WASHINGTON — The Trump administration and South Korean officials met in Washington on Friday to begin formally renegotiating a free-trade pact that has served as a source of conflict between the two allies. The meeting came at a moment of heightened tension on the Korean Peninsula and unease in the broader region.
The countries focused on their main areas of interest, with the United States emphasizing trade in automobiles and what it considers various barriers to exports, American negotiators said. “We have much work to do to reach an agreement that serves the economic interests of the American people,” Robert E. Lighthizer, the United States trade representative, said in a statement after the meeting.
President Trump has called the six-year-old agreement a “horrible deal” for the United States and has pledged to rework it. Over a series of meetings in the coming months, American negotiators hope to further open Korean markets to American cars and to smooth irritants in the trading relationship.
But clashes over trading terms could risk dividing the longstanding allies at a critical time, as North Korea seeks to drive a wedge between South Korea and the United States, analysts say. North Korea restored a cross-border telephone hotline with its southern neighbor on Wednesday, just one day after Mr. Trump said he had a “much bigger” nuclear button than the one North Korean leader, Kim Jong-un, had boasted of having on his desk.
“The reality is, it’s a fraught moment between the U.S. and South Korea in terms of their alliance," said Sue Mi Terry, a senior fellow at the Center for Strategic and International Studies. Renegotiating the deal at this juncture “is going to widen the gap between Seoul and Washington,” she said.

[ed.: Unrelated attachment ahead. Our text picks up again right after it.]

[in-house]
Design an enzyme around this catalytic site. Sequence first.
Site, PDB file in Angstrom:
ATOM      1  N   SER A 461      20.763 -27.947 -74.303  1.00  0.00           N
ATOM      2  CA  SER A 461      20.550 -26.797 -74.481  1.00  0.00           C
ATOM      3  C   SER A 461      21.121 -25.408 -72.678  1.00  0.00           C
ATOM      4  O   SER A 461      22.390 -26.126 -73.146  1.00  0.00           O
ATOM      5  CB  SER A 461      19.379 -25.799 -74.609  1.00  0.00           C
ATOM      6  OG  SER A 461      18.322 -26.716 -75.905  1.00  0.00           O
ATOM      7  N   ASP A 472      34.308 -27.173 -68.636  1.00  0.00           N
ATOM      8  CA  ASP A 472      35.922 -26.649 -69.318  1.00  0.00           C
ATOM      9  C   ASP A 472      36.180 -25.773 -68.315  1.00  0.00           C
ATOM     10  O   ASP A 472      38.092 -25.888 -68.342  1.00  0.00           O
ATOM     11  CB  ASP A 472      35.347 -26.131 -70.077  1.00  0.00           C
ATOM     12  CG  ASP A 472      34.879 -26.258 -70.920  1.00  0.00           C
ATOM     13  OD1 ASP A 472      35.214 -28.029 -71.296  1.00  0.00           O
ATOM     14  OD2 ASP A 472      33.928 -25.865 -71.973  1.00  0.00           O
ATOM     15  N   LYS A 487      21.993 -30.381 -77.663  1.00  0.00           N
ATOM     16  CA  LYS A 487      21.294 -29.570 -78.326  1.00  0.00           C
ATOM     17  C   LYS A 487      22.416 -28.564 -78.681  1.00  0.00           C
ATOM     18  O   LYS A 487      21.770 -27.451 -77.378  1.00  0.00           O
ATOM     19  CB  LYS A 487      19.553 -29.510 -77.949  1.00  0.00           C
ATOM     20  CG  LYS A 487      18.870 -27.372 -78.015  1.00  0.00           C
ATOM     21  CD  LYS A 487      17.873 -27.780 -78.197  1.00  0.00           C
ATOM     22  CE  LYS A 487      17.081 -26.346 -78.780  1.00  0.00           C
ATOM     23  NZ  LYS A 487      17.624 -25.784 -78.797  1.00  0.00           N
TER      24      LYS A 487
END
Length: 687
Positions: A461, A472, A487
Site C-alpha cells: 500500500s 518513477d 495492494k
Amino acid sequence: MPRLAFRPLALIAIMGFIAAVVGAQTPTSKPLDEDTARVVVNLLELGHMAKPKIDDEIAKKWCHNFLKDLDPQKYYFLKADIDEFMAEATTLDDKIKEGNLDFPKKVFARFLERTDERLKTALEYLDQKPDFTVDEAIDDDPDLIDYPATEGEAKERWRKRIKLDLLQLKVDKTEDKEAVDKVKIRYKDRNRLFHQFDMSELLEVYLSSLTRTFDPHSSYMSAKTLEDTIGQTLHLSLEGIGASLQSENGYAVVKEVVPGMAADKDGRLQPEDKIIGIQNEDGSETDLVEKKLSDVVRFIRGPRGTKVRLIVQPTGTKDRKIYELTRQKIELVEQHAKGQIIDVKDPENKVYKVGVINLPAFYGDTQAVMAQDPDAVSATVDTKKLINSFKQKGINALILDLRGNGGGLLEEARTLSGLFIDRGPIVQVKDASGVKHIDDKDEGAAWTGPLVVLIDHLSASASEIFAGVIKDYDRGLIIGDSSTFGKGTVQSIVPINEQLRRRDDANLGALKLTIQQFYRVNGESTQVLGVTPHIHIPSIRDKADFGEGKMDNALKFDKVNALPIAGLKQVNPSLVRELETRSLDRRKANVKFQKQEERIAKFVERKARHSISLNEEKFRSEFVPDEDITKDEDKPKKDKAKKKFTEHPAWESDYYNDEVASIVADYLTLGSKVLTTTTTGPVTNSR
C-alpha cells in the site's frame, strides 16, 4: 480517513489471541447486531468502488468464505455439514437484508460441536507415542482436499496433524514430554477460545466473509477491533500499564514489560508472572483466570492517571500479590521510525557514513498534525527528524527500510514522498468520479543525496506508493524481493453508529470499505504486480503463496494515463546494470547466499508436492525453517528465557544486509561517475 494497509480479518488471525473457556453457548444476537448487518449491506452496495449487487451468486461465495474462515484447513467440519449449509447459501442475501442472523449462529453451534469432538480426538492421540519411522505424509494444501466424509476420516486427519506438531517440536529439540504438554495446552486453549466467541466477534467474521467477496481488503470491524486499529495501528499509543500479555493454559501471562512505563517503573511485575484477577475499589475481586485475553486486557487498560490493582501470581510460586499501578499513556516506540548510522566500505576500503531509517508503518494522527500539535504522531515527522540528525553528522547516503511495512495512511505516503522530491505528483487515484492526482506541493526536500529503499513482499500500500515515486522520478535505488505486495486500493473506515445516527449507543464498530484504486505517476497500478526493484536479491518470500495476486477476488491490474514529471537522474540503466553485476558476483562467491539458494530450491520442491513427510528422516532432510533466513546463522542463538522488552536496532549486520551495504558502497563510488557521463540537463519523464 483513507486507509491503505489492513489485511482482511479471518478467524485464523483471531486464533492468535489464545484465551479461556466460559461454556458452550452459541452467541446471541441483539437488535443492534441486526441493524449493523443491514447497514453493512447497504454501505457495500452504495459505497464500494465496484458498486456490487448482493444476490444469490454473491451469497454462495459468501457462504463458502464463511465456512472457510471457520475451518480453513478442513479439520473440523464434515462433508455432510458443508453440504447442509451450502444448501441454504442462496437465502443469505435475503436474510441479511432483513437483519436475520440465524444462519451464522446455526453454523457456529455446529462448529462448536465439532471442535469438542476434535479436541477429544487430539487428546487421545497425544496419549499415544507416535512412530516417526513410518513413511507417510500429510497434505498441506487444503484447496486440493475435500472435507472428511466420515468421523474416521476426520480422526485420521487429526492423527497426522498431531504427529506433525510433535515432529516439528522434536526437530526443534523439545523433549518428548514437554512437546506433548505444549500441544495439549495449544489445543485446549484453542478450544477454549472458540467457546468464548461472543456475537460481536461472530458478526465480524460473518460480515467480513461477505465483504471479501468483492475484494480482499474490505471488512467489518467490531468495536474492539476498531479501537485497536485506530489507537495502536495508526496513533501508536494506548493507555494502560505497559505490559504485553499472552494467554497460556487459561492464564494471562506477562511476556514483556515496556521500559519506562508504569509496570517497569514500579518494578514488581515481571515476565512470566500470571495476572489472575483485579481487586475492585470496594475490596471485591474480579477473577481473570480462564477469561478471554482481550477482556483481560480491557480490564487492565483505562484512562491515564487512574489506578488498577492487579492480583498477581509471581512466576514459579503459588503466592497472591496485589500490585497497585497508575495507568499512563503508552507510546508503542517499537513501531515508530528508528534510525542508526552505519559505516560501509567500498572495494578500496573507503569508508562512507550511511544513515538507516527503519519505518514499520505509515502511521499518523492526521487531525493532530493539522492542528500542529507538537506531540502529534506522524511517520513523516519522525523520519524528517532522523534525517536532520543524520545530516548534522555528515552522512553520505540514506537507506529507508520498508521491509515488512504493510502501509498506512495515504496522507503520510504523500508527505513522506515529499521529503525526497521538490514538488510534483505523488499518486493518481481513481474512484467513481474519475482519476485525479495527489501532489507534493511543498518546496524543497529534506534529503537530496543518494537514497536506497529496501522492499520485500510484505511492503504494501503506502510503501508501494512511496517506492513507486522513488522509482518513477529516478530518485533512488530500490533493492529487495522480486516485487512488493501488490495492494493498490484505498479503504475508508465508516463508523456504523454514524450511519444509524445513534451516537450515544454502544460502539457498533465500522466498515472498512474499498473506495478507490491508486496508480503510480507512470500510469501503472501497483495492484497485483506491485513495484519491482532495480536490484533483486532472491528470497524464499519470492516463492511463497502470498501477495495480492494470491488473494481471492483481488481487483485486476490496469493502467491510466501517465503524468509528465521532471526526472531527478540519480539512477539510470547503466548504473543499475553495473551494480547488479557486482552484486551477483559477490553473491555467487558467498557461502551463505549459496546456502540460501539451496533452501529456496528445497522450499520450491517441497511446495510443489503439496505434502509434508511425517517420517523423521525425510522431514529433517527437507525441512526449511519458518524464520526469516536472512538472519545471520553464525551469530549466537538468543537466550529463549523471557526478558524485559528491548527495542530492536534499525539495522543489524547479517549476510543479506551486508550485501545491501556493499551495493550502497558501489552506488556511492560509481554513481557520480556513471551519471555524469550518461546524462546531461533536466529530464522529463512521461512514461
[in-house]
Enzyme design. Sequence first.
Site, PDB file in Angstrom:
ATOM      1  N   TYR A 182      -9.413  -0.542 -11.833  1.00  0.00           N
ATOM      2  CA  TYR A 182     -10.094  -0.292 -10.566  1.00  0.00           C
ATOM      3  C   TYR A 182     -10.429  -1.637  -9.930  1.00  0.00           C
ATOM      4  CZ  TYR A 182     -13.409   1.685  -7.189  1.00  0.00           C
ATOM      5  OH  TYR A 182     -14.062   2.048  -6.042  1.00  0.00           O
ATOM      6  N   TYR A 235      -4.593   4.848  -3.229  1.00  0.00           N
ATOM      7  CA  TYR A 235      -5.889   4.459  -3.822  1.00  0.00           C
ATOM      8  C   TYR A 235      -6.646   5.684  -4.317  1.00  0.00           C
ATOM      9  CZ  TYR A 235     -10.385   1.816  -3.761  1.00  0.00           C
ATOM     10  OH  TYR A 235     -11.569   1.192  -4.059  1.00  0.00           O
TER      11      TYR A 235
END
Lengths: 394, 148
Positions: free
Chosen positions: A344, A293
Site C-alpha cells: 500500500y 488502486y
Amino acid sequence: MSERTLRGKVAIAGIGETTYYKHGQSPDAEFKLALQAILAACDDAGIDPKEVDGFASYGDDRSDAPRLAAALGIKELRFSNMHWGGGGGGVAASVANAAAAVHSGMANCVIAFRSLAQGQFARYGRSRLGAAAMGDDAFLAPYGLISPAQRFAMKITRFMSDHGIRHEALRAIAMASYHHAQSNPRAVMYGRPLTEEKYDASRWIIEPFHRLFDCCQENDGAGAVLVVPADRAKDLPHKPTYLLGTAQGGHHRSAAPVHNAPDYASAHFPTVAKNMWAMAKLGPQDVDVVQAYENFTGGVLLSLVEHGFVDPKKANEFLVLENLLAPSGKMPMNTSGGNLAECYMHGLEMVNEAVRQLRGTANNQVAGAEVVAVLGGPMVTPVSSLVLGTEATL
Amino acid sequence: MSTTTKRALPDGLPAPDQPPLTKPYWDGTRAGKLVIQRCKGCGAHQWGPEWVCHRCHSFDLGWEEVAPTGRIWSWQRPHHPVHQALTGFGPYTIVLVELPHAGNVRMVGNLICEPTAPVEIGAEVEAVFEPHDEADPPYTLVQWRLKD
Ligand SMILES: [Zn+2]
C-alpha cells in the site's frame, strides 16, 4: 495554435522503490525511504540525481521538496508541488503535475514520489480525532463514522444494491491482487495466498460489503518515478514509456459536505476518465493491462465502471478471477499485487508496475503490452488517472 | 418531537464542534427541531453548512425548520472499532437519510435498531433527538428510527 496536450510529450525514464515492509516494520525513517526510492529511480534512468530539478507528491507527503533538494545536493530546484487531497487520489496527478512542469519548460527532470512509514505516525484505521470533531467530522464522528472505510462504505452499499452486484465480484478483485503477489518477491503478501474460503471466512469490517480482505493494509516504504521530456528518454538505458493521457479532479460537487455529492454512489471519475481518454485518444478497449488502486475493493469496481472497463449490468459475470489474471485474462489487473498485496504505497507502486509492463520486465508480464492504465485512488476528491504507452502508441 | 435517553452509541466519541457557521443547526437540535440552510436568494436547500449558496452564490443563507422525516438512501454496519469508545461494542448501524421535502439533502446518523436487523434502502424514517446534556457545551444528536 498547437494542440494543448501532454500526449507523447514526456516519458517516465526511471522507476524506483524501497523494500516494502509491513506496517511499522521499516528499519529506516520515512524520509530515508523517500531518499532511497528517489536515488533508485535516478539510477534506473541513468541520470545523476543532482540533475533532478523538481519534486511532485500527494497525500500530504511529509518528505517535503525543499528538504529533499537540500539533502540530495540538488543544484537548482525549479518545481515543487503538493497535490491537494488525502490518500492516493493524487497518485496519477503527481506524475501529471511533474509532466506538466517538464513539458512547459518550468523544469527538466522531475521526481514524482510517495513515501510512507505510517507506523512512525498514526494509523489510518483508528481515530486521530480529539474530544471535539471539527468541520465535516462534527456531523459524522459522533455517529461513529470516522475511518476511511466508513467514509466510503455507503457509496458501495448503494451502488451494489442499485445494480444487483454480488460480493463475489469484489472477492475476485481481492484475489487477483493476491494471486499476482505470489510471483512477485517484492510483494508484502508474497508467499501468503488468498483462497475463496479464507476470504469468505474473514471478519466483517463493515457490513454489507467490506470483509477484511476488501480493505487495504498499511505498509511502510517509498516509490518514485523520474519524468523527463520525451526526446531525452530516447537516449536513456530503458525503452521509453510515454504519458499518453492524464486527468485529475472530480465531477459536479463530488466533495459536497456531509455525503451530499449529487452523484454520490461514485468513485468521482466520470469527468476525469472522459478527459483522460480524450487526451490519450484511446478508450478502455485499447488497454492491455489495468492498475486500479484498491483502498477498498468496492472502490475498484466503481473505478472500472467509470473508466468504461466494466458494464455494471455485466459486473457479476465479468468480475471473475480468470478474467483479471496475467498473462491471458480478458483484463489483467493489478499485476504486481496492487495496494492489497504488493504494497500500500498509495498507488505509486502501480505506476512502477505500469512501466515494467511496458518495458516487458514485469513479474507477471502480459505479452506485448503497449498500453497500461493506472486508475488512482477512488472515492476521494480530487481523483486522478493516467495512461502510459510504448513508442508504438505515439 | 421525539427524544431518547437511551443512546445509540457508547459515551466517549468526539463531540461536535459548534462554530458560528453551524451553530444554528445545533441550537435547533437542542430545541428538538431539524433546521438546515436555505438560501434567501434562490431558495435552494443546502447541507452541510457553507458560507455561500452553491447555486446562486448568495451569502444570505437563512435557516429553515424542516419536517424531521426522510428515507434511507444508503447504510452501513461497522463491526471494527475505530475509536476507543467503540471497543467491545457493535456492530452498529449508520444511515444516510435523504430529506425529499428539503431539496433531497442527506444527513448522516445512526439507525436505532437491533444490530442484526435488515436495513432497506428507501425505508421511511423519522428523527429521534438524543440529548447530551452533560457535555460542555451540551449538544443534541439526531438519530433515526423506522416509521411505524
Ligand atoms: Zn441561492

The Trump administration’s approach to trade has also caused consternation in the wider Pacific region at a time of geopolitical unease.
The White House is emphasizing trade deals with specific countries rather than broader economic alliances. The approach counters efforts by the Obama administration, which sought to tie countries on both sides of the Pacific Ocean together under the Trans-Pacific Partnership. It also comes as China moves to piece together a sphere of influence through regional trade agreements and infrastructure projects.
Since withdrawing its support for the T.P.P., the Trump administration has sought trade concessions from Japan. But Japan has focused on a version of the T.P.P. that does not include the United States and has expressed an unwillingness to settle for a narrower trade deal.
With South Korea, the White House’s overarching goal for renegotiating the trade pact is to reduce America’s trade deficit, which was $17 billion in 2016. But analysts view such a goal with skepticism, saying that the tendency of the United States to import more than it exports is linked to larger economic factors like saving and spending rates, not the terms of trade agreements.
Each side was likely to look to the other on Friday to articulate their goals for the renegotiation, said Wendy Cutler, the former chief United States negotiator for the deal. The United States will probably focus on areas of the agreement that it believes have not met its expectations, Ms. Cutler said, including trade in automobiles and, potentially, financial services and procedures related to importing goods.